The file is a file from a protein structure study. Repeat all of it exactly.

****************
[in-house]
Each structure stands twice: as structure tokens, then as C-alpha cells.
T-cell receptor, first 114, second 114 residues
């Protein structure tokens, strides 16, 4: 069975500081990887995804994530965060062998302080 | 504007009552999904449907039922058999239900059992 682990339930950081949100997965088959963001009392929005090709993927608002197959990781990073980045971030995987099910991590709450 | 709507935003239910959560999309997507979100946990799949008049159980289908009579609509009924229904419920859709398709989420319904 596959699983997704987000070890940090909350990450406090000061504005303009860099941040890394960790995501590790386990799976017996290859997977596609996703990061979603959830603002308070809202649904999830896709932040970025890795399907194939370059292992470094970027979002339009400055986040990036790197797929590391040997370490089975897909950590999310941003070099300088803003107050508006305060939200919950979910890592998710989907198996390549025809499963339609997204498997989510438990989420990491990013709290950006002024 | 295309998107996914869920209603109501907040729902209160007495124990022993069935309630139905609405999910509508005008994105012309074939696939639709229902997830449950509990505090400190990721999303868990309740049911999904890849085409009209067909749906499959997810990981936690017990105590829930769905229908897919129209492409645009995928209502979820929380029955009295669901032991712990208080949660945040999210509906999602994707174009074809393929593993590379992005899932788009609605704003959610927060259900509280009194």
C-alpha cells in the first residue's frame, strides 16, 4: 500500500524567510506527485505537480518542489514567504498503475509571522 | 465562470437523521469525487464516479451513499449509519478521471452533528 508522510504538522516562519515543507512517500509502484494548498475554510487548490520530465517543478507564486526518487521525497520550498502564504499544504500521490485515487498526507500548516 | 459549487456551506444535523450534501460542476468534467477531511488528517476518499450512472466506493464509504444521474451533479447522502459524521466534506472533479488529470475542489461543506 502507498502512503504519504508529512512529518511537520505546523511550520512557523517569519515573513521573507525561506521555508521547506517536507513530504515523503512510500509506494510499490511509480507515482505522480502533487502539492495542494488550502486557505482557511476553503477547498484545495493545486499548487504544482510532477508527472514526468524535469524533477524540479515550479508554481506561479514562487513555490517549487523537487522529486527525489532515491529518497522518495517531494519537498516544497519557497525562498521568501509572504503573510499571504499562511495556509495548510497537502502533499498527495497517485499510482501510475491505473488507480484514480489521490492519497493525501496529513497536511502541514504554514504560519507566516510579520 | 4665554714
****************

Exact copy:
[in-house]
Each structure stands twice: as structure tokens, then as C-alpha cells.
T-cell receptor, first 114, second 114 residues
């Protein structure tokens, strides 16, 4: 069975500081990887995804994530965060062998302080 | 504007009552999904449907039922058999239900059992 682990339930950081949100997965088959963001009392929005090709993927608002197959990781990073980045971030995987099910991590709450 | 709507935003239910959560999309997507979100946990799949008049159980289908009579609509009924229904419920859709398709989420319904 596959699983997704987000070890940090909350990450406090000061504005303009860099941040890394960790995501590790386990799976017996290859997977596609996703990061979603959830603002308070809202649904999830896709932040970025890795399907194939370059292992470094970027979002339009400055986040990036790197797929590391040997370490089975897909950590999310941003070099300088803003107050508006305060939200919950979910890592998710989907198996390549025809499963339609997204498997989510438990989420990491990013709290950006002024 | 295309998107996914869920209603109501907040729902209160007495124990022993069935309630139905609405999910509508005008994105012309074939696939639709229902997830449950509990505090400190990721999303868990309740049911999904890849085409009209067909749906499959997810990981936690017990105590829930769905229908897919129209492409645009995928209502979820929380029955009295669901032991712990208080949660945040999210509906999602994707174009074809393929593993590379992005899932788009609605704003959610927060259900509280009194």
C-alpha cells in the first residue's frame, strides 16, 4: 500500500524567510506527485505537480518542489514567504498503475509571522 | 465562470437523521469525487464516479451513499449509519478521471452533528 508522510504538522516562519515543507512517500509502484494548498475554510487548490520530465517543478507564486526518487521525497520550498502564504499544504500521490485515487498526507500548516 | 459549487456551506444535523450534501460542476468534467477531511488528517476518499450512472466506493464509504444521474451533479447522502459524521466534506472533479488529470475542489461543506 502507498502512503504519504508529512512529518511537520505546523511550520512557523517569519515573513521573507525561506521555508521547506517536507513530504515523503512510500509506494510499490511509480507515482505522480502533487502539492495542494488550502486557505482557511476553503477547498484545495493545486499548487504544482510532477508527472514526468524535469524533477524540479515550479508554481506561479514562487513555490517549487523537487522529486527525489532515491529518497522518495517531494519537498516544497519557497525562498521568501509572504503573510499571504499562511495556509495548510497537502502533499498527495497517485499510482501510475491505473488507480484514480489521490492519497493525501496529513497536511502541514504554514504560519507566516510579520 | 4665554714